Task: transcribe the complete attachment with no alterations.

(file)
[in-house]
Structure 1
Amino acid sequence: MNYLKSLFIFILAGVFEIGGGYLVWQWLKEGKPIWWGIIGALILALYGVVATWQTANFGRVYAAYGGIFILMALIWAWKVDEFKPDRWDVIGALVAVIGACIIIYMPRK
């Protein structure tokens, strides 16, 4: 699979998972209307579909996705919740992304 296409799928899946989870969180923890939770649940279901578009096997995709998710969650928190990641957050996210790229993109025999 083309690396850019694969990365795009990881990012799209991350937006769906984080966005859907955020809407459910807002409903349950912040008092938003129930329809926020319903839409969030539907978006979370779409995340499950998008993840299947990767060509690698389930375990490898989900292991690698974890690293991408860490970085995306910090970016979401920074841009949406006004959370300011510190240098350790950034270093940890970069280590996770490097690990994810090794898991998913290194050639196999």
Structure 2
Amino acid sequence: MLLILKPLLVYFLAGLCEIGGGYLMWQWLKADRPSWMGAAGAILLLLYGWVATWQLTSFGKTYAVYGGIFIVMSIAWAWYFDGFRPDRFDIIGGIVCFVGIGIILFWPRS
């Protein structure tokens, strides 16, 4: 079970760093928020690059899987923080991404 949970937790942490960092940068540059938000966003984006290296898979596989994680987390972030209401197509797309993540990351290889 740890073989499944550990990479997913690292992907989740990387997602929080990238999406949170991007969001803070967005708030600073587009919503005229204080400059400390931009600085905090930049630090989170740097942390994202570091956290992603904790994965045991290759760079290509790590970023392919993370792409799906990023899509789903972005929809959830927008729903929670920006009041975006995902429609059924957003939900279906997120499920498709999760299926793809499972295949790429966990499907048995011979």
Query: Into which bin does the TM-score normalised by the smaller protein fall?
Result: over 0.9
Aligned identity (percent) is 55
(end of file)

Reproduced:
[in-house]
Structure 1
Amino acid sequence: MNYLKSLFIFILAGVFEIGGGYLVWQWLKEGKPIWWGIIGALILALYGVVATWQTANFGRVYAAYGGIFILMALIWAWKVDEFKPDRWDVIGALVAVIGACIIIYMPRK
């Protein structure tokens, strides 16, 4: 699979998972209307579909996705919740992304 296409799928899946989870969180923890939770649940279901578009096997995709998710969650928190990641957050996210790229993109025999 083309690396850019694969990365795009990881990012799209991350937006769906984080966005859907955020809407459910807002409903349950912040008092938003129930329809926020319903839409969030539907978006979370779409995340499950998008993840299947990767060509690698389930375990490898989900292991690698974890690293991408860490970085995306910090970016979401920074841009949406006004959370300011510190240098350790950034270093940890970069280590996770490097690990994810090794898991998913290194050639196999």
Structure 2
Amino acid sequence: MLLILKPLLVYFLAGLCEIGGGYLMWQWLKADRPSWMGAAGAILLLLYGWVATWQLTSFGKTYAVYGGIFIVMSIAWAWYFDGFRPDRFDIIGGIVCFVGIGIILFWPRS
């Protein structure tokens, strides 16, 4: 079970760093928020690059899987923080991404 949970937790942490960092940068540059938000966003984006290296898979596989994680987390972030209401197509797309993540990351290889 740890073989499944550990990479997913690292992907989740990387997602929080990238999406949170991007969001803070967005708030600073587009919503005229204080400059400390931009600085905090930049630090989170740097942390994202570091956290992603904790994965045991290759760079290509790590970023392919993370792409799906990023899509789903972005929809959830927008729903929670920006009041975006995902429609059924957003939900279906997120499920498709999760299926793809499972295949790429966990499907048995011979």
Query: Into which bin does the TM-score normalised by the smaller protein fall?
Result: over 0.9
Aligned identity (percent) is 55